"C++" is a good choice of first language to start with, as it contains the basics of most of the modern principles and good practices, and many newer languages is in one way or another based on it or related to it. And for that language you should read the book by Bjarne Stroustrup - as the original implementor of the language, he is the best person to explain it so you get all the details and background (and yes, I do think he is Danish).

All major platforms have lots and lots of free information available on the Internet, just made for new programmers to learn their language and system. Linux comes loaded with all the needed development tools a new guy might need, and even Microsoft have free versions of their development tools that you can download on the Internet. So the information is there to study and practice, no matter if you go to the University or not.

Choosing if you want to make websites or programs (games), and choosing if you want to be a Windows, Macintosh or Linux man is the hard part (which platform gives the most future or is the most interesting to work on), but I think it in the end is more or less random, depending on who you know and what equipment you have at home. People might strongly (almost religiously) defend their choice as the best one, and I myself cannot confront to "start all over" by studying Macintosh computers, so I stay on the Windows platform I know (and love) - but I am not blind to the fact that it is more based on habit, a secure job and that it takes time and experience to become equally good on a totally different platform.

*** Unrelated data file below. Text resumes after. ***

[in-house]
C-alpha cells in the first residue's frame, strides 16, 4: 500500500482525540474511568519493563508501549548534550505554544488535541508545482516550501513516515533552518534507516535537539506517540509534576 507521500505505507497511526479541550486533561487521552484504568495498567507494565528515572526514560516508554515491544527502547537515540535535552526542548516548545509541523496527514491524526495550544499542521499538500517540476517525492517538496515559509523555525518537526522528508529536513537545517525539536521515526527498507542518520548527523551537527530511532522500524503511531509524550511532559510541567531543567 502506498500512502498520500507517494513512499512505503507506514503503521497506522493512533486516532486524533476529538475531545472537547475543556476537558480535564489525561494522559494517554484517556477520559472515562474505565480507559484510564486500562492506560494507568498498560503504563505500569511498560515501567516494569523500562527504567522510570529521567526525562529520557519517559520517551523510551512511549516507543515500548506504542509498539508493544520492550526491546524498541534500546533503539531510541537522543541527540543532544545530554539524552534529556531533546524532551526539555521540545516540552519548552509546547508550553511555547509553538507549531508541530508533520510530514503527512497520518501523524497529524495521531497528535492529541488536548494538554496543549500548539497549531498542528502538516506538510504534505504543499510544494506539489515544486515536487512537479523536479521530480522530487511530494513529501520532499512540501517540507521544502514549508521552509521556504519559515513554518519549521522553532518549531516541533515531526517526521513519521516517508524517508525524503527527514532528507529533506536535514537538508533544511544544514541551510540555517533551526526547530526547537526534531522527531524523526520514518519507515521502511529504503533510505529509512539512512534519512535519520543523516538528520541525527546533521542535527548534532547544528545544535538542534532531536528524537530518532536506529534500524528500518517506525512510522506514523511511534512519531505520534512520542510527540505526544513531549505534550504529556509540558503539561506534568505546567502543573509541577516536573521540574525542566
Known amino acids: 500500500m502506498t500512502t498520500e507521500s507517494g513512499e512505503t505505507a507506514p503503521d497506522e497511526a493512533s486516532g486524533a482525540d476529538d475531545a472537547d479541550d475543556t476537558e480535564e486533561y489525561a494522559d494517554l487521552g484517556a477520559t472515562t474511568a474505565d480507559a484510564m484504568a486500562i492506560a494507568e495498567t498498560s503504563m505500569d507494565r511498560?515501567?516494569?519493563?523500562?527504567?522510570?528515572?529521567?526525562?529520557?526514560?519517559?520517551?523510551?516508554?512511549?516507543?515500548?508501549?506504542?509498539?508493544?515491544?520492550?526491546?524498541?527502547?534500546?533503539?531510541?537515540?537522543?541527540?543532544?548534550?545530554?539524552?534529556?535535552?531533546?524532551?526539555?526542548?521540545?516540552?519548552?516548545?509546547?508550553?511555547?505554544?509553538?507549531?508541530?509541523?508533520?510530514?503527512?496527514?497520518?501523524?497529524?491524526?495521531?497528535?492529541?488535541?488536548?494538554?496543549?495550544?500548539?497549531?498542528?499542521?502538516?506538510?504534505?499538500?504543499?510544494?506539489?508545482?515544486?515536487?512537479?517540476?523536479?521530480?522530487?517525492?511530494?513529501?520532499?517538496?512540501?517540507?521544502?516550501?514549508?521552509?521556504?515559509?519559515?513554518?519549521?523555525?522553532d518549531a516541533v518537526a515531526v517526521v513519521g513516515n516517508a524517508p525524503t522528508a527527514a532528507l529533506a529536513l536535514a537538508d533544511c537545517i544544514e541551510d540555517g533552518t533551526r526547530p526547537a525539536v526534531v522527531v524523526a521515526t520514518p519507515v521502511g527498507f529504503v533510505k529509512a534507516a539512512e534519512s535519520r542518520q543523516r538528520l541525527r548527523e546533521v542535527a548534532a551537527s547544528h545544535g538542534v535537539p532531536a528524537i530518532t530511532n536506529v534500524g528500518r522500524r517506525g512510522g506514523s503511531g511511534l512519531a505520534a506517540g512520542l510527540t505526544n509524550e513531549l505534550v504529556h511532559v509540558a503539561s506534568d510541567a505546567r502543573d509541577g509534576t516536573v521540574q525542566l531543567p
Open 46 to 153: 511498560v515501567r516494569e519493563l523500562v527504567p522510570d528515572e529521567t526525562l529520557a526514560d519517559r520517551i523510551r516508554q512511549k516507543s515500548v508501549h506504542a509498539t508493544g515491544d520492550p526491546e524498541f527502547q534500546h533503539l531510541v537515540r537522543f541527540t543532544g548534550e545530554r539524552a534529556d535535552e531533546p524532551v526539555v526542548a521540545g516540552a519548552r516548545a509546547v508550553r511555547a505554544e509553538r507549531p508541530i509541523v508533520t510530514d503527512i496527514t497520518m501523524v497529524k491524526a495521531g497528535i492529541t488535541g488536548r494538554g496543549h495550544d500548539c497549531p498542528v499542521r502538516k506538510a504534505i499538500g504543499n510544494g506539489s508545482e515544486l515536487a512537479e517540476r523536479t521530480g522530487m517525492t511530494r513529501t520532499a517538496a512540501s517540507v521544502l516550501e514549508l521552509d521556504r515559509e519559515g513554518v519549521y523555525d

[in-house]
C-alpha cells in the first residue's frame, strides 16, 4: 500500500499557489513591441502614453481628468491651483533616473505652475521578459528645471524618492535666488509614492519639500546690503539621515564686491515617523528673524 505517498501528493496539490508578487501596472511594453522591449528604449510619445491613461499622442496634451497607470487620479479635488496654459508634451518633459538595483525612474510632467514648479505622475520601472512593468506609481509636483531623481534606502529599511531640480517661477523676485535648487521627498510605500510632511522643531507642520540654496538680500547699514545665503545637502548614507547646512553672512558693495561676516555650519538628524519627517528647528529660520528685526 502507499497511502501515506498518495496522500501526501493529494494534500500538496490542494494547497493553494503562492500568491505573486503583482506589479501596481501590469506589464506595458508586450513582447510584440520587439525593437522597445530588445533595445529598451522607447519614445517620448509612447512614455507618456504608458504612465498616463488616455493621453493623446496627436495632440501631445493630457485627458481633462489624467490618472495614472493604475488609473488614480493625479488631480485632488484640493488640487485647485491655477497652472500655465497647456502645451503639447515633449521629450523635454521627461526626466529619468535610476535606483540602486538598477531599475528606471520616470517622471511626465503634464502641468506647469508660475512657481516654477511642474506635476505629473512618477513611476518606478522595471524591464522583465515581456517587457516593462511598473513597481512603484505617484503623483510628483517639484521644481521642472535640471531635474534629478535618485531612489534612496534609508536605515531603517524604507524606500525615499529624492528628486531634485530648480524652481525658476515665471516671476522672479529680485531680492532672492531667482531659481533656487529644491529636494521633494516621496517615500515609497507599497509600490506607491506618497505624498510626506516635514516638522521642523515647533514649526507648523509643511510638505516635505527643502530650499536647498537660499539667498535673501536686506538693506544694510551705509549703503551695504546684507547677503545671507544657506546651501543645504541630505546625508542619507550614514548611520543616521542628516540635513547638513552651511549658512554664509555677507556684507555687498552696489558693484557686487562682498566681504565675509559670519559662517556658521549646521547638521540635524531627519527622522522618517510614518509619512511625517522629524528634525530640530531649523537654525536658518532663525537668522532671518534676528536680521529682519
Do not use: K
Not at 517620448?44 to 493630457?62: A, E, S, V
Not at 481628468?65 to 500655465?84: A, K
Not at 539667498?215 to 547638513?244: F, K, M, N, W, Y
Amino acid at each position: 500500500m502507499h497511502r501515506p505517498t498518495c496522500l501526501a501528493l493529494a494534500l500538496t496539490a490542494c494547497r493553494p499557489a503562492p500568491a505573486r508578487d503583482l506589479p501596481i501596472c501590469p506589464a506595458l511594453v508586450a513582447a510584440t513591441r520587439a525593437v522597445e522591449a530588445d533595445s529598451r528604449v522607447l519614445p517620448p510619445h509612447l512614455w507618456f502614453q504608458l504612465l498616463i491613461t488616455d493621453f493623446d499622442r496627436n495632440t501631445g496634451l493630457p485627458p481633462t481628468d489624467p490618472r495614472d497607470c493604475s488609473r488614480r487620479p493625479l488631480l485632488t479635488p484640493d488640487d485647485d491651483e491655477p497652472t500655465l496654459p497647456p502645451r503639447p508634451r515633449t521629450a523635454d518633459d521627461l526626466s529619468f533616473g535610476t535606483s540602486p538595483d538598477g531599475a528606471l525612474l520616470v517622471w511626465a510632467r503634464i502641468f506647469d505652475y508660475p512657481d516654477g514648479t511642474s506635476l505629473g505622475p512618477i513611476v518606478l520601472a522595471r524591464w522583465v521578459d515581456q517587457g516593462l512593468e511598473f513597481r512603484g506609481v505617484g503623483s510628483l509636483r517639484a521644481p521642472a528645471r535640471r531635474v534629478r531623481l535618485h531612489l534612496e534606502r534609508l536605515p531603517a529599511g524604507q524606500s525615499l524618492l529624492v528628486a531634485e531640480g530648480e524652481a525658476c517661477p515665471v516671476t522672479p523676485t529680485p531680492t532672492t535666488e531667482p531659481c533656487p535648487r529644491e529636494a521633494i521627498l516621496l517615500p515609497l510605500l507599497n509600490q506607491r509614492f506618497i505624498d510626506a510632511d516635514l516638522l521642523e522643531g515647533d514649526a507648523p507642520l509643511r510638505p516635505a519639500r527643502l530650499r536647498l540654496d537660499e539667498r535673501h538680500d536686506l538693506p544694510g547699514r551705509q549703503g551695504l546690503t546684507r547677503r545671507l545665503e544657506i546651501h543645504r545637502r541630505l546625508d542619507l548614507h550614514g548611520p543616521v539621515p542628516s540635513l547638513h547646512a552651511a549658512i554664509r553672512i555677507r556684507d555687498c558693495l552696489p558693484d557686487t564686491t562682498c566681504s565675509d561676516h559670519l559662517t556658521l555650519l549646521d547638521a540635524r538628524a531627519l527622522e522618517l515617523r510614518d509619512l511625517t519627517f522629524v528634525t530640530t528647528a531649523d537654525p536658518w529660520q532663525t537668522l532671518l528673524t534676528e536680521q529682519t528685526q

Another key point is: Only those who continues to study by themselves will succeed!

Computers keep evolving, so you cannot go to a school to study and then use that for the rest of your life. In two years you would start to feel outdated, and in 5 years the programs you once wrote might no longer work because the computers have changed too much!

I started by referring to your future programmer as "your child" - but he or she really need to stand on his or hers own feet, and use his/hers own interest to seek out information and learn. English is just the basics, and University is for learning the boring parts of computers that you otherwise would not bother studying - things you did not know would be valuable to know, but which comes in very handy later on. (Of course some find, that those parts I think is boring, is absolutely exciting and makes it their speciality.)

So I should drop the "child" reference.

Just support your own young boy or girl in becoming their own master, to find their own information, to think and evaluate information themselves based on facts and not stupid/opinionated advisors (including yours truly), and to come up with their own solutions to their problems.

If they do that, and chooses computers as the field to study, then they will be all right.

Actually, doing that they will probably do all right in any field they might choose to pursue!

Allan K. Nielsen, Kindbergs Program Udvikling